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Avatar (spacecraft)

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Avatar (spacecraft)

AVATAR RLV

A scaled down version of AVATAR undergoing aero-elastic test.
Function Unmanned reusable spaceplane technology demonstrator
Manufacturer DRDO/ISRO
Country of origin  India
Size
Stages 1/2
Capacity
Launch history
Status In development[1]
Launch sites Satish Dhawan Space Centre
Total launches 0
First flight 2025 (proposed)[2]

AVATAR (satellite space launches, as well as for space tourism.[3][4][5]

In January 2012, it was announced that a scaled prototype, called Reusable Launch Vehicle-Technology Demonstrator (RLV-TD), has been approved to be built.[1] The first scaled-down tests are planned for 2015,[2] and the first manned AVATAR flight is proposed for 2025.[2]

Concept

The idea is to develop a hyperplane vehicle that can take off from conventional airfields. Its liquid air cycle engine would collect air in the atmosphere on the way up, liquefy it, separate oxygen and store it on board for subsequent flight beyond the atmosphere. The AVATAR RLV was first announced in May 1998 at the Aero India 98 exhibition held at Bangalore.

AVATAR is projected to weigh 25 tons, of which 60% of that mass would be liquid hydrogen fuel.[4] The oxygen required by the vehicle for combustion in outer space is collected from the atmosphere, thus reducing the need to carry oxygen during launch.[4] The notional specification is for a payload weighing up to 1,000 kg to low earth orbit and to withstand up to 100 launches and re-entries.[3][4]

AVATAR RLV-TSTO

If built, AVATAR would take off horizontally like a conventional airplane from a conventional airstrip using turbo-ramjet engines that burn hydrogen and atmospheric oxygen.[4] Once at a cruising altitude, the vehicle would use scramjet propulsion to accelerate from Mach 4 to Mach 8.[2] During this cruising phase, an on-board system would collect air from the atmosphere, from which liquid oxygen would be separated and stored.[4] The liquid oxygen collected would then be used to burn the carried hydrogen in the final flight phase to attain orbit. The vehicle would be designed to permit at least one hundred launches and re-entries into the atmosphere.[4]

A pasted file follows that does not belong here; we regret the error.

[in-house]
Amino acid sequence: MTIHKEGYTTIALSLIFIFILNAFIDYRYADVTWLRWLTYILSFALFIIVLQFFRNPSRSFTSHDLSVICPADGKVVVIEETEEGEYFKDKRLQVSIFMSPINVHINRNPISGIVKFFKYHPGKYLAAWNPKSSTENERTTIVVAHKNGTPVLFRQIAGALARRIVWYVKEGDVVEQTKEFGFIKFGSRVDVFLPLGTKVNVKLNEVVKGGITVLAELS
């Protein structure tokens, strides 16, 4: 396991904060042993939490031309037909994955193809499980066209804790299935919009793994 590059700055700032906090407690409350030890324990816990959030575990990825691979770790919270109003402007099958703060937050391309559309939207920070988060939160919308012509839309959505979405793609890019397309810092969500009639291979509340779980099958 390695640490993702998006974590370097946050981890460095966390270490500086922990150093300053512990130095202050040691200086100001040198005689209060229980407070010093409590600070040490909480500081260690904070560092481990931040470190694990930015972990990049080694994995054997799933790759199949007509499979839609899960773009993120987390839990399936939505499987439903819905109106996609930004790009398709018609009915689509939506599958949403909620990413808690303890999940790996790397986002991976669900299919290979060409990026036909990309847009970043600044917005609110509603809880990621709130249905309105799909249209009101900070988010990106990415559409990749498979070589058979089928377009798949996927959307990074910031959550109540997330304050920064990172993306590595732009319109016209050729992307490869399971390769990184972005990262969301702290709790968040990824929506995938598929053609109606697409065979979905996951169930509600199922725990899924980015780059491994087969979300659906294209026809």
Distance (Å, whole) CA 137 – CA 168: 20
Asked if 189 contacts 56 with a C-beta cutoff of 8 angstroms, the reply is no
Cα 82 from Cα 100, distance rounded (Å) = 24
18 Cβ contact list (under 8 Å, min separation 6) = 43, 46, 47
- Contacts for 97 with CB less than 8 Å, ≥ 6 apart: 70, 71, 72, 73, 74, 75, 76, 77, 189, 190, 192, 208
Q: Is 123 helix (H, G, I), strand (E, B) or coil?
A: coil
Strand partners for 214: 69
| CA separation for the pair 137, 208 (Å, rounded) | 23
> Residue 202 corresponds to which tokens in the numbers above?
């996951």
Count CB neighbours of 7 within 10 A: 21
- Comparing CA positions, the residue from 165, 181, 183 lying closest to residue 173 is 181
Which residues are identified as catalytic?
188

Development

A model of the RLV-TD

AVATAR is being developed by India's [3] Air Commodore Raghavan Gopalaswami, who is heading the project, made a presentation on the space plane at the global conference on propulsion at Salt Lake City, USA on July 10, 2001.[3][4] Gopalaswami said the idea for AVATAR originated from the work published by the RAND Corporation of the United States in 1987.[4]

In January 2012, it was announced that an scaled prototype, called Reusable Launch Vehicle-Technology Demonstrator (RLV-TD), had been approved to be built and tested.[1] The aerodynamics characterization of the RLV-TD was done by National Aerospace Laboratories in India. The unmanned scaled-down prototype weighs about 3 tonnes at takeoff,[5] would have a diameter of 0.56 m and a length of 10 m.[2] The RLV-TD is being built by a Hyderabad-based private company called CIM Technologies. The first tests may begin in 2015.[2] RLV-TD will be mounted on top of a rocket and launched beyond the atmosphere, after which the RLV-TD will separate and re-enter the atmosphere traveling through the hypersonic regime.[6] ISRO presentations indicate that the manned AVATAR spaceplane may fly approximately in 2025.[2]

See also

Aircraft of comparable role, configuration and era

References

  1. ^ a b c "ISRO's design of reusable launch vehicle approved". DNA India (Bangalore, India). 5 January 2012. 
  2. ^ a b c d e f g "Wednesday, August 03, 2011India's Space Shuttle [Reusable Launch Vehicle (RLV)] program". AA Me, IN. 2011. Retrieved 2014-10-22. 
  3. ^ a b c d "Indian Scientists unveils space plane Avatar in US". Gujarat Science City. 10 July 2001. Retrieved 2014-10-22. 
  4. ^ a b c d e f g h i "India Eyes New Spaceplane Concept". Space Daily (New Delhi). August 8, 2001. Retrieved 2014-10-22. 
  5. ^ a b "AVATAR- Hyper Plane to be built by INDIA". India's Military and Civilian Technological Advancements. December 19, 2011. 
  6. ^ "Reusable Launch Vehicles". Brahmand.com. November 25, 2010. Retrieved 2014-10-22. 

External links

  • Concept of AVATAR
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